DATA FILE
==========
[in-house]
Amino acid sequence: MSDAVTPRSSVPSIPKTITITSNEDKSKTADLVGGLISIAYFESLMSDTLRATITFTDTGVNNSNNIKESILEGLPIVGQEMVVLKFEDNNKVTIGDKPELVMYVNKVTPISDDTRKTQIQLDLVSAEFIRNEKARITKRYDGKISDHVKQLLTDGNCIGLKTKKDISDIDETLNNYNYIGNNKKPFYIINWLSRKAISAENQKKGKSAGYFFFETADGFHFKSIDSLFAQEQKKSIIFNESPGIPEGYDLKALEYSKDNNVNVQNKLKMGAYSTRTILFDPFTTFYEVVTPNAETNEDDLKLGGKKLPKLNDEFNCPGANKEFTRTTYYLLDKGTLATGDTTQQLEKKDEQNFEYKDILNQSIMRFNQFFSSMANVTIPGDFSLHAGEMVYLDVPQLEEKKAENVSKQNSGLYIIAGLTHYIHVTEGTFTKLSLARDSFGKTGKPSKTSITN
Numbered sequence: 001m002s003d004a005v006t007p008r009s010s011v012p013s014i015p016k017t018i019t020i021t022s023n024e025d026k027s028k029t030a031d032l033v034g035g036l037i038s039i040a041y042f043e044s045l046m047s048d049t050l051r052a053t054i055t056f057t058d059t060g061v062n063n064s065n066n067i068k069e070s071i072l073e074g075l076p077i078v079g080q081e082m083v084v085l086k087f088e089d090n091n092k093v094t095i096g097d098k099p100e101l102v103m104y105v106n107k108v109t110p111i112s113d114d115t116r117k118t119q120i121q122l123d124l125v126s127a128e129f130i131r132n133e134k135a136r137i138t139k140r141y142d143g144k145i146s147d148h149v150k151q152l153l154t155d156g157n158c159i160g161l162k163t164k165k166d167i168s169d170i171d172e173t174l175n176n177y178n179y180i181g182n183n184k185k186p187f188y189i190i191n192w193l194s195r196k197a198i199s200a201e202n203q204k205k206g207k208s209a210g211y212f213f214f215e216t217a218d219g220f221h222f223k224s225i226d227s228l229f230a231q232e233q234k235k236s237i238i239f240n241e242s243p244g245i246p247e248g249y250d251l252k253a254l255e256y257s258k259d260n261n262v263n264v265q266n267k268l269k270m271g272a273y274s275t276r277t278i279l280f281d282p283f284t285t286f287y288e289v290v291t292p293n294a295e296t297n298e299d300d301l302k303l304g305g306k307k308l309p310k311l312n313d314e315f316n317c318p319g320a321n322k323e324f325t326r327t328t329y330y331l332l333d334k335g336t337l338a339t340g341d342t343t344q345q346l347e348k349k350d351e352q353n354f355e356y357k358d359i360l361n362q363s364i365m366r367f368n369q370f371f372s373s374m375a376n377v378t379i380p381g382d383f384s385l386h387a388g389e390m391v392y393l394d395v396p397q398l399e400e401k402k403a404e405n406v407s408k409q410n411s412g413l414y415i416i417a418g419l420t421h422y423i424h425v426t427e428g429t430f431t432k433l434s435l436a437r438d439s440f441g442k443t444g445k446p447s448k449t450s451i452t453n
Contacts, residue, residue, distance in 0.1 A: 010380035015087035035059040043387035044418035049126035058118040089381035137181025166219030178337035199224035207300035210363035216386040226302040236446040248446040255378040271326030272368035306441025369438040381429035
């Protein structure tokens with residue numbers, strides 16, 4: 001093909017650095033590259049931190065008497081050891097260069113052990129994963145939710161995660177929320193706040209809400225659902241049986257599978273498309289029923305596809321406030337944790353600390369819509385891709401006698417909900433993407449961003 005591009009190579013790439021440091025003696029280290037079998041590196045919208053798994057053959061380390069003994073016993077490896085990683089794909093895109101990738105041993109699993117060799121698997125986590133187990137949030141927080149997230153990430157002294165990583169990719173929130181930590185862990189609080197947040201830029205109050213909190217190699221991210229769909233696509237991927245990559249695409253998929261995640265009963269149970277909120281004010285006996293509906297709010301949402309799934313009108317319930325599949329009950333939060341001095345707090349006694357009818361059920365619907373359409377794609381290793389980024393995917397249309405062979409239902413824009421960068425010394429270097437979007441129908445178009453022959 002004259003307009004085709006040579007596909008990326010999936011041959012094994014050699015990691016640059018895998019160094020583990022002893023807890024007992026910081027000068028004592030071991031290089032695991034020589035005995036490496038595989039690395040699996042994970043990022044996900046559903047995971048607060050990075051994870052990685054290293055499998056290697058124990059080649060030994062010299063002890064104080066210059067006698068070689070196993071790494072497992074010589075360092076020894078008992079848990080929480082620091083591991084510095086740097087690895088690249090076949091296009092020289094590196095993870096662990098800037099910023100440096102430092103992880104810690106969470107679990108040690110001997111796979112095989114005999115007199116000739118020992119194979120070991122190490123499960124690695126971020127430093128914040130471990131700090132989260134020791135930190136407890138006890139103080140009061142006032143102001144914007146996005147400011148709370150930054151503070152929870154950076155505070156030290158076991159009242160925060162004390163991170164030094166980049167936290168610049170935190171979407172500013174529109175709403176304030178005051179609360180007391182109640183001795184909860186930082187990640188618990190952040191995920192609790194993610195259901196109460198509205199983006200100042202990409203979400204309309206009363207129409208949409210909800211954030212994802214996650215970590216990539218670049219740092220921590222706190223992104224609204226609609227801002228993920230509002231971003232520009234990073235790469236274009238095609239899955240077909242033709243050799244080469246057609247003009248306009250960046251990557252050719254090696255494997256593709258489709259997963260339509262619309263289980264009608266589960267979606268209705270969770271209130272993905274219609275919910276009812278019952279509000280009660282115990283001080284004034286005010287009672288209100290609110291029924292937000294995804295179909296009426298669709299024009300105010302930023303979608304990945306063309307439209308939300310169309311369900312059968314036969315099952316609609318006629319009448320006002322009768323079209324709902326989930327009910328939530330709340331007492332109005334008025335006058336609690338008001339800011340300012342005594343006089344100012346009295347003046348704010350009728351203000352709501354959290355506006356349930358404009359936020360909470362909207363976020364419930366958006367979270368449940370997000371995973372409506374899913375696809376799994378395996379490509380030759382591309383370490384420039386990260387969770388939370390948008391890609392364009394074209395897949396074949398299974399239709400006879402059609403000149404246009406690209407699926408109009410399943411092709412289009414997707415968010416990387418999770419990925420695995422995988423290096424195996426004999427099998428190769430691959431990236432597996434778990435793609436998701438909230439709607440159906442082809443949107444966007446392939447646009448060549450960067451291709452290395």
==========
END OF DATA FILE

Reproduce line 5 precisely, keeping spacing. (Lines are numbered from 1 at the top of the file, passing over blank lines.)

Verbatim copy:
């Protein structure tokens with residue numbers, strides 16, 4: 001093909017650095033590259049931190065008497081050891097260069113052990129994963145939710161995660177929320193706040209809400225659902241049986257599978273498309289029923305596809321406030337944790353600390369819509385891709401006698417909900433993407449961003 005591009009190579013790439021440091025003696029280290037079998041590196045919208053798994057053959061380390069003994073016993077490896085990683089794909093895109101990738105041993109699993117060799121698997125986590133187990137949030141927080149997230153990430157002294165990583169990719173929130181930590185862990189609080197947040201830029205109050213909190217190699221991210229769909233696509237991927245990559249695409253998929261995640265009963269149970277909120281004010285006996293509906297709010301949402309799934313009108317319930325599949329009950333939060341001095345707090349006694357009818361059920365619907373359409377794609381290793389980024393995917397249309405062979409239902413824009421960068425010394429270097437979007441129908445178009453022959 002004259003307009004085709006040579007596909008990326010999936011041959012094994014050699015990691016640059018895998019160094020583990022002893023807890024007992026910081027000068028004592030071991031290089032695991034020589035005995036490496038595989039690395040699996042994970043990022044996900046559903047995971048607060050990075051994870052990685054290293055499998056290697058124990059080649060030994062010299063002890064104080066210059067006698068070689070196993071790494072497992074010589075360092076020894078008992079848990080929480082620091083591991084510095086740097087690895088690249090076949091296009092020289094590196095993870096662990098800037099910023100440096102430092103992880104810690106969470107679990108040690110001997111796979112095989114005999115007199116000739118020992119194979120070991122190490123499960124690695126971020127430093128914040130471990131700090132989260134020791135930190136407890138006890139103080140009061142006032143102001144914007146996005147400011148709370150930054151503070152929870154950076155505070156030290158076991159009242160925060162004390163991170164030094166980049167936290168610049170935190171979407172500013174529109175709403176304030178005051179609360180007391182109640183001795184909860186930082187990640188618990190952040191995920192609790194993610195259901196109460198509205199983006200100042202990409203979400204309309206009363207129409208949409210909800211954030212994802214996650215970590216990539218670049219740092220921590222706190223992104224609204226609609227801002228993920230509002231971003232520009234990073235790469236274009238095609239899955240077909242033709243050799244080469246057609247003009248306009250960046251990557252050719254090696255494997256593709258489709259997963260339509262619309263289980264009608266589960267979606268209705270969770271209130272993905274219609275919910276009812278019952279509000280009660282115990283001080284004034286005010287009672288209100290609110291029924292937000294995804295179909296009426298669709299024009300105010302930023303979608304990945306063309307439209308939300310169309311369900312059968314036969315099952316609609318006629319009448320006002322009768323079209324709902326989930327009910328939530330709340331007492332109005334008025335006058336609690338008001339800011340300012342005594343006089344100012346009295347003046348704010350009728351203000352709501354959290355506006356349930358404009359936020360909470362909207363976020364419930366958006367979270368449940370997000371995973372409506374899913375696809376799994378395996379490509380030759382591309383370490384420039386990260387969770388939370390948008391890609392364009394074209395897949396074949398299974399239709400006879402059609403000149404246009406690209407699926408109009410399943411092709412289009414997707415968010416990387418999770419990925420695995422995988423290096424195996426004999427099998428190769430691959431990236432597996434778990435793609436998701438909230439709607440159906442082809443949107444966007446392939447646009448060549450960067451291709452290395």